That is happening now.

Federal Debt: Total Public Debt from Nov. 3, 1930 to Oct. 1, 2020
Federal Debt: Total Public Debt from Nov. 3, 1930 to Oct. 1, 2020

A long-time, restaurant owner in Sarasota and Manatee told us this week food prices for his restaurants have increased 8% to 10% in just the past 30 days. Lobster prices have tripled.

A Siesta Key restaurant owner echoed the increase in food prices, noting also they’re increasing because their suppliers can’t find enough drivers.

Such shortages are likely to get worse. Think of what will happen nationally when the lockdown states reopen. More restaurants will compete to buy a limited supply of food — driving up prices further still.

Meanwhile, the National Association of Home Builders reports lumber prices have increased more than 200% since April 2020, boosting the price of an average new single-family home to increase by more than $24,000.

A Longboat Key home builder tells us his business is strong, but two problems are stressing him out — the backlog in materials, which is delaying completion dates, and an inability to find reliable people to work.

Ditto for the restaurant owners: One has more than 100 openings he hasn’t been able to fill.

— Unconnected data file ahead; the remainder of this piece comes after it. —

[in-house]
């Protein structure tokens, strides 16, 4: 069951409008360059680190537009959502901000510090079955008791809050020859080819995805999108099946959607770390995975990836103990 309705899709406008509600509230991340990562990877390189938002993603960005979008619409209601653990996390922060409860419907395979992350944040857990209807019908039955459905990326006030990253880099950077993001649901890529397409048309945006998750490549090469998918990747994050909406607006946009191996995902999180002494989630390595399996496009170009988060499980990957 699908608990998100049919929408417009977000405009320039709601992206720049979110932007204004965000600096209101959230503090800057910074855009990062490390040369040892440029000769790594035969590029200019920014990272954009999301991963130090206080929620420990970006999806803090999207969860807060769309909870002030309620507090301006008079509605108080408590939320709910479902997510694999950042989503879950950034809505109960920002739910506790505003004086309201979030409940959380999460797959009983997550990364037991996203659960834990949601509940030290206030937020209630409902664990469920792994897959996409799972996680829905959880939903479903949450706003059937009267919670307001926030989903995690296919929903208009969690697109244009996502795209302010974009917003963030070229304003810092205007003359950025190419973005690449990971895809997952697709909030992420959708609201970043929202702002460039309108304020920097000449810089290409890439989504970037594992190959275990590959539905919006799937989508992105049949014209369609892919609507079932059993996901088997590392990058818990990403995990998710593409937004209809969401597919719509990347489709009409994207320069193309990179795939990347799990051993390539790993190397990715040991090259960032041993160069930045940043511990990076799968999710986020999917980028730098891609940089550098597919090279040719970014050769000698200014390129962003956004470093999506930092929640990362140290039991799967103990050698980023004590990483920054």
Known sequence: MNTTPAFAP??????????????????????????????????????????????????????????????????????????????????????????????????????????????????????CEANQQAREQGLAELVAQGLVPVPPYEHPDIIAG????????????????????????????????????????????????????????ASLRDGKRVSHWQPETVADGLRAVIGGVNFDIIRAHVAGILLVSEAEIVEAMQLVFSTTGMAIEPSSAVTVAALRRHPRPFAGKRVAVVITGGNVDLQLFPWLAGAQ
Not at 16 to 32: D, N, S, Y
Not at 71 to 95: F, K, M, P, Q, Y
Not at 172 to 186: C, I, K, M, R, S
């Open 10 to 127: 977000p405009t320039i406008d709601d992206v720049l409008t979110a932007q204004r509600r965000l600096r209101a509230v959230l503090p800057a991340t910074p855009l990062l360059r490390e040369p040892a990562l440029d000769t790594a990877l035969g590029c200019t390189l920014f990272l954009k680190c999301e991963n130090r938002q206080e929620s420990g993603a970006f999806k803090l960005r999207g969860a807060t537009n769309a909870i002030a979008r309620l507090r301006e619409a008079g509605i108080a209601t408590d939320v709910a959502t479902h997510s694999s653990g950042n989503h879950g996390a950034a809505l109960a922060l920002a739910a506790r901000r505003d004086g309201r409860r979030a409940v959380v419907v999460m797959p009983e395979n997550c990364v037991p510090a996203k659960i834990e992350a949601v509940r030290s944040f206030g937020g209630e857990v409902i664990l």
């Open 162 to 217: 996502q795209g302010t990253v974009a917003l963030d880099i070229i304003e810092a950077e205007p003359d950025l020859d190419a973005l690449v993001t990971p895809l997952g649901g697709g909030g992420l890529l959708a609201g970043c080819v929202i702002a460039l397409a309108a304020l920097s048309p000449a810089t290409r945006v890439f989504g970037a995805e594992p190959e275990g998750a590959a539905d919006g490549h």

The lack of labor is acute. You know it yourself. Wait staffs are slower, and you see the “Now hiring” signs on the doors of every retail business. Employers are desperate for reliable help.

The labor shortage is also one of the unintended consequences of Congress printing too much money and handing out COVID-19 relief checks. The incentive to work has diminished.

In March 2020, just before all the pandemic shutdowns began, Florida’s labor participation rate reached 60%, its highest level since 2013. But now it’s hovering around 57%.

Why work when Washington keeps sending you checks?

It’s hard to imagine how today’s circumstances can end well. Particularly when the likes of Rep. Alexandria Ocasio-Cortez, Sen. Bernie Sanders, House Speaker Nancy Pelosi, Senate Majority Leader Chuck Schumer and their puppet, Biden, are demanding even more spending and printing for the Green New Deal.

When Congress was on the verge of approving the most recent $2 trillion plan, AOC said that wasn’t enough; it should be $10 trillion.

All of this is a national tragedy and a colossal economic calamity bound to happen.

Equally tragic is how Americans are seemingly so oblivious to what the looters in Washington, D.C., are doing to them. As von Mises said more than 50 years ago:

“Everything that is done by a government against the purchasing power of the monetary unit is, under present conditions, done against the middle classes and the working classes of the population. Only these people don’t know it. And this is the tragedy. The tragedy is that all these people are supporting a policy that makes all their savings valueless.”



Matt Walsh

Matt Walsh is the CEO and founder of Observer Media Group.